The CPI(M) leadership’s faux passes did not end here. To render their conspiracy theory (‘outsiders’ plus ‘communal forces’) more profound, BB and Biman Bose concocted sensational stories of a multi-storied house not far from Nandigram, which allegedly served as the miscreants’ den, an arms-supply station, a place visited by Medha Patkar, and so on. Very soon all this was proved to be mere rubbish, further discrediting the party and the government. No less damning was CPI(M) CC member and senior peasant association leader Benoy Konar’s villainous comments like “we will surround Nandigram from all sides and make life hell for them”. Widely telecast, these remarks were rightly seen as a criminal act of instigation to violence.

Watershed in Bengal Politics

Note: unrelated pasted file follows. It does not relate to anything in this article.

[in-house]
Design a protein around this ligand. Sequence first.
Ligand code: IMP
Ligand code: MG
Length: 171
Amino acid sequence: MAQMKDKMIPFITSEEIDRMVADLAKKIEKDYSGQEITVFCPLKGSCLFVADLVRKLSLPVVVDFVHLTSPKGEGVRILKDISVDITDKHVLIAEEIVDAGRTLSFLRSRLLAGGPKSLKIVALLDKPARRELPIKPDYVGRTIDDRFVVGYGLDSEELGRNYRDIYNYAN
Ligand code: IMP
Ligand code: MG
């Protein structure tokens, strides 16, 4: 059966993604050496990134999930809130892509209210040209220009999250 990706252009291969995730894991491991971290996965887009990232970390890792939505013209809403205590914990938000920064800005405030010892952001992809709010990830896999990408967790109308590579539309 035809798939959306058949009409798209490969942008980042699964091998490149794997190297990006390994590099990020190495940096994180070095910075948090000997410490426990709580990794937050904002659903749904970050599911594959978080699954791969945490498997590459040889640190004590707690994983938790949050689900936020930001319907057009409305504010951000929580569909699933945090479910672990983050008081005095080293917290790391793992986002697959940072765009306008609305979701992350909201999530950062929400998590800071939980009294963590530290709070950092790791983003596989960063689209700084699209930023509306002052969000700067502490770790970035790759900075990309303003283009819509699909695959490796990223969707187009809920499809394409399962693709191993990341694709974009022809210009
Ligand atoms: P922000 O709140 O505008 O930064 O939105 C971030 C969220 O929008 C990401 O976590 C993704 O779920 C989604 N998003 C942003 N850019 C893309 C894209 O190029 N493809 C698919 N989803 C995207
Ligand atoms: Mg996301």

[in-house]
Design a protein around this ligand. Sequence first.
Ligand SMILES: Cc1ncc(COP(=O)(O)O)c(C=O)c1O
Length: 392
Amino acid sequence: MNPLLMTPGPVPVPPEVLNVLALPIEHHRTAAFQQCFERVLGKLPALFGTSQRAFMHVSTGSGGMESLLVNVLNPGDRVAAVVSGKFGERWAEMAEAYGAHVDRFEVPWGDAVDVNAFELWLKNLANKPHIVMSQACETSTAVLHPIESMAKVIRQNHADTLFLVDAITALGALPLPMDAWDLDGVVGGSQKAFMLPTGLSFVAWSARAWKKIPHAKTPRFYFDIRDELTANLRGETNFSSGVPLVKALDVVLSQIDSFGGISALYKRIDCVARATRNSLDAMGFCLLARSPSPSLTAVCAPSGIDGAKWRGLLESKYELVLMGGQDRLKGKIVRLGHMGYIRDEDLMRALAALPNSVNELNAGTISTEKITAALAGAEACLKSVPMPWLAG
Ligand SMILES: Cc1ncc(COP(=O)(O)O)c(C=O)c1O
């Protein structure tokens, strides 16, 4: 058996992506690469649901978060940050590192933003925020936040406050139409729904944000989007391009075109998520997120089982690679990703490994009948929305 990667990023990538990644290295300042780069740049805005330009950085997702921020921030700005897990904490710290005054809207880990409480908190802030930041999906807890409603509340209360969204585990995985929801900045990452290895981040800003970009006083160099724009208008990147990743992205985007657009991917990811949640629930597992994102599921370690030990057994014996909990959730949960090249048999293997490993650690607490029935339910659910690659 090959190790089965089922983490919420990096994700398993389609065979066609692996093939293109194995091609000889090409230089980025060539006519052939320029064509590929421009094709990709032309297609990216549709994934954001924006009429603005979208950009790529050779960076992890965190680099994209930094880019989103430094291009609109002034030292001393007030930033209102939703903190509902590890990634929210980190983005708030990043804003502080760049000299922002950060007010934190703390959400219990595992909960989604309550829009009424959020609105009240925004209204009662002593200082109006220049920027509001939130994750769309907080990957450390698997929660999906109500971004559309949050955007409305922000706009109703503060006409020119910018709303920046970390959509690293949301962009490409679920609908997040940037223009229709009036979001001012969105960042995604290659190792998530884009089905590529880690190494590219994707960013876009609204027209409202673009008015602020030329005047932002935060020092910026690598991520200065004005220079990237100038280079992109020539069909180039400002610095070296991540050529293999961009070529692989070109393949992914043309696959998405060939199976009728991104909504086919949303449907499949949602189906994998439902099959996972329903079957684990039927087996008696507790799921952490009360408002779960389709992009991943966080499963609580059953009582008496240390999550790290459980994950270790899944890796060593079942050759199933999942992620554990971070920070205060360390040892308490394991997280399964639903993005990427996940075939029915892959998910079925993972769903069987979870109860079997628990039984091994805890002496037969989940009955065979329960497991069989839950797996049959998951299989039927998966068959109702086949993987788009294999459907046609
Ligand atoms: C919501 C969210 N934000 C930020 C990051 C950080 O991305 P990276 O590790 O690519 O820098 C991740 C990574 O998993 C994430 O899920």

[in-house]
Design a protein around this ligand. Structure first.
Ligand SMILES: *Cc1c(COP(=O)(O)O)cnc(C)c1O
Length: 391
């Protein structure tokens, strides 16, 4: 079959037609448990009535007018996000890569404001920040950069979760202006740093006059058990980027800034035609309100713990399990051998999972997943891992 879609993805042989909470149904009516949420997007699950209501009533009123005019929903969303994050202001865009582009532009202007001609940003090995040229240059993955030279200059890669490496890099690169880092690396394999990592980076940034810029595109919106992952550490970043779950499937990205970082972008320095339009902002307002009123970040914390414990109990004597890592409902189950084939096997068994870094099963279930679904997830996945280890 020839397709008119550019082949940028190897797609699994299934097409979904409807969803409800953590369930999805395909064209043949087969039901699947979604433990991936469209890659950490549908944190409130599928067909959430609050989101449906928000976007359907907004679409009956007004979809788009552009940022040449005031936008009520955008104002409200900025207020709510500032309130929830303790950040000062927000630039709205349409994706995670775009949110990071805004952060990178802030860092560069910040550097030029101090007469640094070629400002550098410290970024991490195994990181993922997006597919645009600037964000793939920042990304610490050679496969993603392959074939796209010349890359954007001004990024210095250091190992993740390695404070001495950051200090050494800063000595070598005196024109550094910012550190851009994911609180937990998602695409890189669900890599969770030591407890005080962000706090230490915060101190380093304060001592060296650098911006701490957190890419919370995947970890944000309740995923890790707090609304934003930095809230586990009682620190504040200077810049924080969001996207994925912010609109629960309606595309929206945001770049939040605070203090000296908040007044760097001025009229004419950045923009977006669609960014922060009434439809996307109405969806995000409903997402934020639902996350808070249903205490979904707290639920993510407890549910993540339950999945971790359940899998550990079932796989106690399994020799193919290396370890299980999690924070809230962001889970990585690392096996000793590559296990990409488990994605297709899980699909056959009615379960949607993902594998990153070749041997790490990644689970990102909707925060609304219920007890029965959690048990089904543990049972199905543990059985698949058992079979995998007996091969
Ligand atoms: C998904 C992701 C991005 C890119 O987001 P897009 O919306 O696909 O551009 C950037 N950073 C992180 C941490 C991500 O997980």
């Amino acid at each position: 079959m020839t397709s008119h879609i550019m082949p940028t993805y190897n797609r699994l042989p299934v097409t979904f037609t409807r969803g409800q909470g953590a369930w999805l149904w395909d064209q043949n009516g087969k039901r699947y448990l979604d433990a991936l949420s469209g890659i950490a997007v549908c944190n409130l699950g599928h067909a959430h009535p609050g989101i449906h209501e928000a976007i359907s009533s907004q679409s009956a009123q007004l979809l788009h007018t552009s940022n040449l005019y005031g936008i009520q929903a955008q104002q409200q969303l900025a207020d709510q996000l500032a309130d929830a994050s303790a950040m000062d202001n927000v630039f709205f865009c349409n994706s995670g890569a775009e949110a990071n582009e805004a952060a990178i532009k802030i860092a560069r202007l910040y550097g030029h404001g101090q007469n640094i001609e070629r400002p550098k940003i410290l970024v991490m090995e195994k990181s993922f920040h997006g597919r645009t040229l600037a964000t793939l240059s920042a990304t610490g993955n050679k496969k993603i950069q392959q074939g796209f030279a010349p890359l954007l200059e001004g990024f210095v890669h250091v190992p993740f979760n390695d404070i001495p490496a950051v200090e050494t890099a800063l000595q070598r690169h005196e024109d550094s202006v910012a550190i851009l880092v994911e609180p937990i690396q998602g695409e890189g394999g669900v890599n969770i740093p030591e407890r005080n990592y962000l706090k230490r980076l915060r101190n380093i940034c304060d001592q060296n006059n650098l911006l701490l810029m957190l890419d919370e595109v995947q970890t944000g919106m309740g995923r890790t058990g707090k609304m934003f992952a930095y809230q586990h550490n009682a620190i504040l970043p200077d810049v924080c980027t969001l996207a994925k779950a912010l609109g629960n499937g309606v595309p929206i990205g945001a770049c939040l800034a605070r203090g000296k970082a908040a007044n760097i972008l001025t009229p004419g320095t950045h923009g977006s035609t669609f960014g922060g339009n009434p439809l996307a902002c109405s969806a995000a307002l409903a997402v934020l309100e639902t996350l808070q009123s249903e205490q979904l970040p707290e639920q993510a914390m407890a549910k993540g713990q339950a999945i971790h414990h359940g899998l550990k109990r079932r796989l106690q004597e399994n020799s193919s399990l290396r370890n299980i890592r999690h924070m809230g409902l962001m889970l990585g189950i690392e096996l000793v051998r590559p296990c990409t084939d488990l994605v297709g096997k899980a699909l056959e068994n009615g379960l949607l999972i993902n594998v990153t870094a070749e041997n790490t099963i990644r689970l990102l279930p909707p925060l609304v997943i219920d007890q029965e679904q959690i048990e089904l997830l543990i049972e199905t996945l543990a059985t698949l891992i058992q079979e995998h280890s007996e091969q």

Nandigram is a direct continuation of Singur not only in a general political sense. The people of Nandigram had started preparing for a bold resistance as soon as they came to know, a few months ago, about the government’s plans for an SEZ (a chemical hub) to be set up there. On December 1-2 they saw on the TV screen what land acquisition actually meant for the people of Singur and said to themselves: we won’t give up so easily. They drew inspiration from the positive aspects of the Singur battle (the broadest mass mobilisation, the rock-like unity, the determination to fight to the last, almost bare-handed, against a heavily armed enemy) and learnt from its weaknesses (failure to make practical battle preparations in anticipation of police-CPI(M) attack). They immediately drew up detailed plans on how to cut the roads and blow up the bridges to prevent the entry of Lakshman Seth’s motorbike brigade accompanied by the police. They also armed themselves with adequate means of resistance. Such military prepa- rations did not detract from mass political initiative, but added to its power and sweep.